are BAACK! Big time.
I was recently out in the woods with one of the infamous biking Bubbas, Craig, this week and part of me now looks like a human pincushion.
We actually headed for higher ground, choosing a ride up the trails to the top of Mount Pleasant. Record rains from a week ago and the residual water from this year’s almost record snow pack have left the woods exceedingly wet for this time of year, with standing water in abundance throughout the forest. Small streams and creeks are full. Water is running everywhere.
As a precaution, I wore my Rocky waterproof socks over my regular socks. I’d never use them hiking, but they work well in conditions when I am biking through streams or walking my bike through mud pits.
Lately, I have been ramping up my exercise program in preparation for at least a week of backpacking later this month, in Virginia and Maine. I have left the gym and have shifted to taking walks in the Camden Hills State Park and my own Uncle Tom trail here up to the top of Moody Mountain . A couple of days ago, I even fit both biking and hiking into one day, doing a 75 minute biking loop on some big hills circling Moody Mountain, then later talking a walk up to the top of Bald Rock Mountain, about a 3.5 mile round trip.
Biking is hard around here. Steep stuff no matter where you go , and although I was regularly taking a Spinning class at the YMCA, once you start grinding through the mud, over the uneven rocks, and fight to keep your balance on a real trail, it is tough! So sweat, humidity, and a 6 PM start up Mt. Pleasant combined to be perfect conditions for black fly attacks.
Craig dosed himself with some sort of insect repellent before we left , but I declined. Truth is, I haven’t had to spray myself with any repellent for at least three years now. Ever since I have traveled in the wilds of Labrador, and have encountered the mother of all black fly and mosquito clouds, the insects around here don’t seem so bad. Except for today.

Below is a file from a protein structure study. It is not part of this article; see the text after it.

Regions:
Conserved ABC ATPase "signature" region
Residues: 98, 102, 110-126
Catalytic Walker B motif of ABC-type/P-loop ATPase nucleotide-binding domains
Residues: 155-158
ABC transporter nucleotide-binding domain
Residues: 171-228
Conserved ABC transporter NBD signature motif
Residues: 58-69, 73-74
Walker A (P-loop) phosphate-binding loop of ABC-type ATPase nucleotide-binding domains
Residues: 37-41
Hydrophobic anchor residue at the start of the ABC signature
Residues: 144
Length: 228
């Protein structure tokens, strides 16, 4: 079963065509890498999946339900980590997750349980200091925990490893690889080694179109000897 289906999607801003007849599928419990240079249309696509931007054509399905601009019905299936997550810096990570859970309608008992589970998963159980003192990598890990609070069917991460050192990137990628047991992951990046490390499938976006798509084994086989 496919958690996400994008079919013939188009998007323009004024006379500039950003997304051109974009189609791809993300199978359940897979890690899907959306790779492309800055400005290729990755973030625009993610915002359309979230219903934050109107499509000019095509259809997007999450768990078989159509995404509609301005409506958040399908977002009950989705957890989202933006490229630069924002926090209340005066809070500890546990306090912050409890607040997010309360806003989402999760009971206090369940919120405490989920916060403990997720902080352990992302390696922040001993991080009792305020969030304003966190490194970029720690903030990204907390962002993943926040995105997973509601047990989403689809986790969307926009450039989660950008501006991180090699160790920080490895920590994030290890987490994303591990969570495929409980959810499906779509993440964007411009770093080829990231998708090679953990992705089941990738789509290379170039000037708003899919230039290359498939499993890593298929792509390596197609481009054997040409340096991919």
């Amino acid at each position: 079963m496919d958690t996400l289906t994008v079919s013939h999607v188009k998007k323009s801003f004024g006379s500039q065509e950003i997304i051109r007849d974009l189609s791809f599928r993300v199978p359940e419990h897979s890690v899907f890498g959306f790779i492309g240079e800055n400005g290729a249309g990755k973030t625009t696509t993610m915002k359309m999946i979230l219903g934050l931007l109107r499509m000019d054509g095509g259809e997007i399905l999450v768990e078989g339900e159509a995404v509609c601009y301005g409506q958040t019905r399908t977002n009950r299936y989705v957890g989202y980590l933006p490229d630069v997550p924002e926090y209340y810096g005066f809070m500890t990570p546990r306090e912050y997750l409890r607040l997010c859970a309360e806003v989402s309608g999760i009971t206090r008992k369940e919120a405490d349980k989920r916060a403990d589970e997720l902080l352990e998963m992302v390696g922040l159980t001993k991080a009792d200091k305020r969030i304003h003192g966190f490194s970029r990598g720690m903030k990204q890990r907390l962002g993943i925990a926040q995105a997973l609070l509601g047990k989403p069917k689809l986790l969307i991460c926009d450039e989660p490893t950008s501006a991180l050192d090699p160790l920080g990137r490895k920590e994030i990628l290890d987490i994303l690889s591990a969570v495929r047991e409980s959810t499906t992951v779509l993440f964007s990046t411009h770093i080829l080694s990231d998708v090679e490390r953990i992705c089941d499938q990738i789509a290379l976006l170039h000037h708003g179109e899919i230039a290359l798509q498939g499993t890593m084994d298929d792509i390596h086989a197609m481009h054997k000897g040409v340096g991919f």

I literally could not stop and rest for more than 10 seconds before a thick cloud of black flies attacked me. They bit me on my bare legs, they got in my hair, they liked the eyeballs. I swallowed at least one of them a half dozen times on the ride, coughing ‘em up when I could.
Nevertheless, we had a great time out there. It was Craig’s maiden voyage out on the rocky trails this year. Mine too. He has been sidelined for over a year due to a mountain bike crash in November 2007 that resulted in a Type 3 shoulder separation. He required serious surgery to reattach several tendons back to the bone. I was on that ride with him too, when I first passed him as he sat stunned on the side of a really rocky descent where he was thrown off his bike and his shoulder hit an immovable object on the ground.
After a bit of looking around this evening , we found the exact spot where he hit, and agreed that we would start the ritual of pissing on the big gnarly knob of a root that projected sideways from the edge of the trail.
“Here’s to ya, root!” It’s pretty crazy stuff that we do out here in the woods.
Just after we were back rolling down through the rocks, Craig came right up to a rocky ledge that extended across the washed out road. It had a clear two foot drop-off below it before we would launch off through wet, leaf covered, lumpy bowling balls again. Craig was setting up to shoot off it.
“ Craig, don’t do it! I will be shot by Angela if you happen to rack yourself up again! We are almost done, and all kinds of bad stuff usually happens to us at the end of a ride, or the end of the day when we are tired.”
We agreed that we were still rusty, that we were still dialing in suspension settings, and settling in our new brake pads. Craig agreed to take the side loop into the woods to bypass this section, this time.
That’s the thing about being a biking Bubba. We are in it for the long haul. The idea is to have a good time, fall off into the mud sometimes, walk through black pools of unfathomable water and slime, and come back to do it again, three times a week. Year after year, season after season, day or night, doesn’t matter. We even have headlights.
We’ll be back to visit with Mr. Root Knob.
Even with these black flies.